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Missing Out

The time I discovered…

Nathan Taylor

Canada

I’ll never forget the time I found his body.
“Go adventure with your buddy” he said, “life’s too short! Travel while you’re young. Army’s fun but now see it the other way.”
After school a friend wanted to see South America. To hike across Patagonia. I never cared. If I were to travel I’d rather be paid for my trouble. I barely walked anywhere. What I do is fear missing out, so I decided since my best friend was seeing the south I may as well tag along.

The timing was bad. Chavez just died and he wasn’t faring much better. The travel dates overlapped with his operation. Family wasn’t happy to see me go — except him.

Traveling was a blast. I didn’t have to plan a thing. We climbed Machu Picchu and sailed into Iquitos. Learned to surf and certified as divers. Hiked across mountain ranges and heard local folklore about Nazis. Everything magnificent and beautiful you ever hear about happening, happened. Even the mistakes and near-misses just made for better stories. Being young, mortality never crossed our minds.

I called home occasionally. Usually after a hike or being in the sticks a while. He was in good spirits. We didn’t talk much about what was going on back home. Our misadventures were good tales. I credit him for making me a decent storyteller.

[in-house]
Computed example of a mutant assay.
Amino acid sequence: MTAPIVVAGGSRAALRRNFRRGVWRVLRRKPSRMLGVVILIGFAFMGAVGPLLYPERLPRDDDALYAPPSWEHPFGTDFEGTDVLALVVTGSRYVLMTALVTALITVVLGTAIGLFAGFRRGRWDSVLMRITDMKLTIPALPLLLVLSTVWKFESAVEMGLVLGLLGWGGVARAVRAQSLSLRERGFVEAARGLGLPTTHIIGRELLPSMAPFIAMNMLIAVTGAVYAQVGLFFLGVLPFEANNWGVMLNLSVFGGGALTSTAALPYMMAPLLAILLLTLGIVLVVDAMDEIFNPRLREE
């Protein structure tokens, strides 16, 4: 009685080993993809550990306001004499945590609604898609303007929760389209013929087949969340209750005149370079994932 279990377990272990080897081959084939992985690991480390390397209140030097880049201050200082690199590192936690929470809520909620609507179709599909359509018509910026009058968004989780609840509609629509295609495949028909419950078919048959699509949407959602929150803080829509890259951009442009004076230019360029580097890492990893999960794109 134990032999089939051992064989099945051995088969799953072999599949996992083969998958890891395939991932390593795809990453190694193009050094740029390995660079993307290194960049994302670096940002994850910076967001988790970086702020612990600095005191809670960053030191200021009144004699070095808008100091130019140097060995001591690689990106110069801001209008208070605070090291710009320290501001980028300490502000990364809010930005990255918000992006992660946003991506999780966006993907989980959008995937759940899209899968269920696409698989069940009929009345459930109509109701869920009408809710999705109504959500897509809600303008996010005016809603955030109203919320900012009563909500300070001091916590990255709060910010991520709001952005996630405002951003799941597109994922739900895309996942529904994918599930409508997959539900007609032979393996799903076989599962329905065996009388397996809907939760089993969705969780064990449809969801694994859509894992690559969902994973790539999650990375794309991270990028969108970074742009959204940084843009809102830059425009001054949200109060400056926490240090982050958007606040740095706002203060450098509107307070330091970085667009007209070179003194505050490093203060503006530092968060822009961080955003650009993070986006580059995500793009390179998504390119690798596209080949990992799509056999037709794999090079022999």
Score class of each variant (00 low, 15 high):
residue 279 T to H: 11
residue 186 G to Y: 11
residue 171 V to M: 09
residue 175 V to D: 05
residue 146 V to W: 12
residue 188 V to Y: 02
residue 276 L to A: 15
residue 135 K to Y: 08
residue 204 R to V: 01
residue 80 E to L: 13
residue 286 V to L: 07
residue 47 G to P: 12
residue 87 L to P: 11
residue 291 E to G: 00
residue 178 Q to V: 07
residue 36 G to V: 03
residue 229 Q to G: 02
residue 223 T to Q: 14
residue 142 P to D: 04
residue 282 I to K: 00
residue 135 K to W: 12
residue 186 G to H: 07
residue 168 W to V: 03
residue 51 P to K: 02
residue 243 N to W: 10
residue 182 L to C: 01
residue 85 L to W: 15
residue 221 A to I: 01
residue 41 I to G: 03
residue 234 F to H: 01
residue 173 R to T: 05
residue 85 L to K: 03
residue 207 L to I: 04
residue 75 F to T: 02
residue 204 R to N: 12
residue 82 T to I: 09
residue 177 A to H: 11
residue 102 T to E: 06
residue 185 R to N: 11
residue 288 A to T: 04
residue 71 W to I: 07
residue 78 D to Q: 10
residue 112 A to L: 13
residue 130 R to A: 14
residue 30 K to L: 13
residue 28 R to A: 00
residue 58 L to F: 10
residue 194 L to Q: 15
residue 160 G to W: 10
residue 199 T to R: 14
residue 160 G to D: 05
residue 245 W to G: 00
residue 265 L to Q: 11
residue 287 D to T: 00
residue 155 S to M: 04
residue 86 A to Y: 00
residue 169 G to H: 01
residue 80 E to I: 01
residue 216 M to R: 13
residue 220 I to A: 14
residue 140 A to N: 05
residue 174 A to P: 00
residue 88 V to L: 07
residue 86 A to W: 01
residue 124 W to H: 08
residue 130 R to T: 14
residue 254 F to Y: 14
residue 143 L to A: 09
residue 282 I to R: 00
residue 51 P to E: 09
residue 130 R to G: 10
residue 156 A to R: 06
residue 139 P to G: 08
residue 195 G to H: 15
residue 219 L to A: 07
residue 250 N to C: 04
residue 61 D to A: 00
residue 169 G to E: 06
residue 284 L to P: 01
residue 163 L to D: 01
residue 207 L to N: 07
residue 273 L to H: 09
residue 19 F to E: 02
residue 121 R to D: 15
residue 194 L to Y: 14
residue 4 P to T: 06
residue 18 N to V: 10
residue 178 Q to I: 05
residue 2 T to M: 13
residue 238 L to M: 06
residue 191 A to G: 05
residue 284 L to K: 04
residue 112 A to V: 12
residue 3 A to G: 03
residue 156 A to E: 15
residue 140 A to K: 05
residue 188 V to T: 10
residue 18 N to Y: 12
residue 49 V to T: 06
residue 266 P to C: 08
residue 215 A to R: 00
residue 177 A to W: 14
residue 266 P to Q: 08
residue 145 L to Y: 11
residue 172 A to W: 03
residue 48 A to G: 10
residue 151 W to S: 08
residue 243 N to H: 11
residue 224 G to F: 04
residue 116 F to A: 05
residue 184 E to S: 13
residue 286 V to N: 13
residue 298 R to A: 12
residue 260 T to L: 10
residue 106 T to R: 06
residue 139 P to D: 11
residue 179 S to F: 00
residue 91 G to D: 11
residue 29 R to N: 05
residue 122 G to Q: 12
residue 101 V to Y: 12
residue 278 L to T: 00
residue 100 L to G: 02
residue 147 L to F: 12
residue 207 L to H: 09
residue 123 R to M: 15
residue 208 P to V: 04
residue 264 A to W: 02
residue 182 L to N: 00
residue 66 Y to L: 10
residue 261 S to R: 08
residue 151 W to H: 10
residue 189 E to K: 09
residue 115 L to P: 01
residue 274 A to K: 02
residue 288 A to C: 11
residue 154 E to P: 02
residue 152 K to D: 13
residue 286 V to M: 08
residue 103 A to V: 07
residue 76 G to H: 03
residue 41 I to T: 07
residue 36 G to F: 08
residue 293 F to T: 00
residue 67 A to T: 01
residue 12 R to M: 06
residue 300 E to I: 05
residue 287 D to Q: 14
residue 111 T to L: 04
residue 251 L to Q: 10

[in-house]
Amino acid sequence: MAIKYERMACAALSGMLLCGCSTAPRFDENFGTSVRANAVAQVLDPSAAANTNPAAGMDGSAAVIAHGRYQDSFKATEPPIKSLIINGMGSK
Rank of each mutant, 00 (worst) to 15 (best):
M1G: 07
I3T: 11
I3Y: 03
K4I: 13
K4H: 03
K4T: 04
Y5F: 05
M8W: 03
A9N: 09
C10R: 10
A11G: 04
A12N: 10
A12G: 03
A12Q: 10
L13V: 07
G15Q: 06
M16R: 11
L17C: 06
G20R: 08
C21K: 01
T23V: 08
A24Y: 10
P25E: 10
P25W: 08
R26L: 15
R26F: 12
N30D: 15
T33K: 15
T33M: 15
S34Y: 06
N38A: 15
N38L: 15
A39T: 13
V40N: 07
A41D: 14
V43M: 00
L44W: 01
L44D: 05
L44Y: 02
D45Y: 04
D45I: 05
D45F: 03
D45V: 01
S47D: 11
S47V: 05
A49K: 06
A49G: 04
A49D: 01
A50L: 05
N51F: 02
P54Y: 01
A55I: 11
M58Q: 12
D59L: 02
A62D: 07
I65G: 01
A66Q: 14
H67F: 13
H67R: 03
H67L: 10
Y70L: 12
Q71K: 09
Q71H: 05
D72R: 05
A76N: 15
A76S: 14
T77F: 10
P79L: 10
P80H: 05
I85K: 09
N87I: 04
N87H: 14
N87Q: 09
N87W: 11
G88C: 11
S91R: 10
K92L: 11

We got home early summer. Canada is beautiful in June. The sun never truly sets and the clouds avoid the prairie. I was broke but the old man took me out for a bite, wanting to hear the last couple stories I had left. Plus the ones he already forgot. We found a patio somewhere to eat steaks into the evening. This was our first beer together. I was 24 years old. On our way home I found out this cold war soldier had quit smoking. A 45 year habit just gone. Cold turkey. I hadn’t noticed until he told me. I still regret that.

Then the day came. He was in bed through the afternoon. Eventually I checked on him, the sun creeping through the blinds. Out, face down, like a log as always. This time when I rolled him over nothing moved. Simple as that.

I’d like to say that the skies were overcast, that the wind blew a little harder, but that’s not how it really goes. Everything’s the same. Except for you. Except for them.

I can’t remember many times my dad said he was proud of me. Which makes sense. Not much to be proud of. But I wrote something once. And he was proud. He always wanted to see Spain. Hadrian’s wall too. I’m on my way to see them. Maybe I’ll write something good about it.


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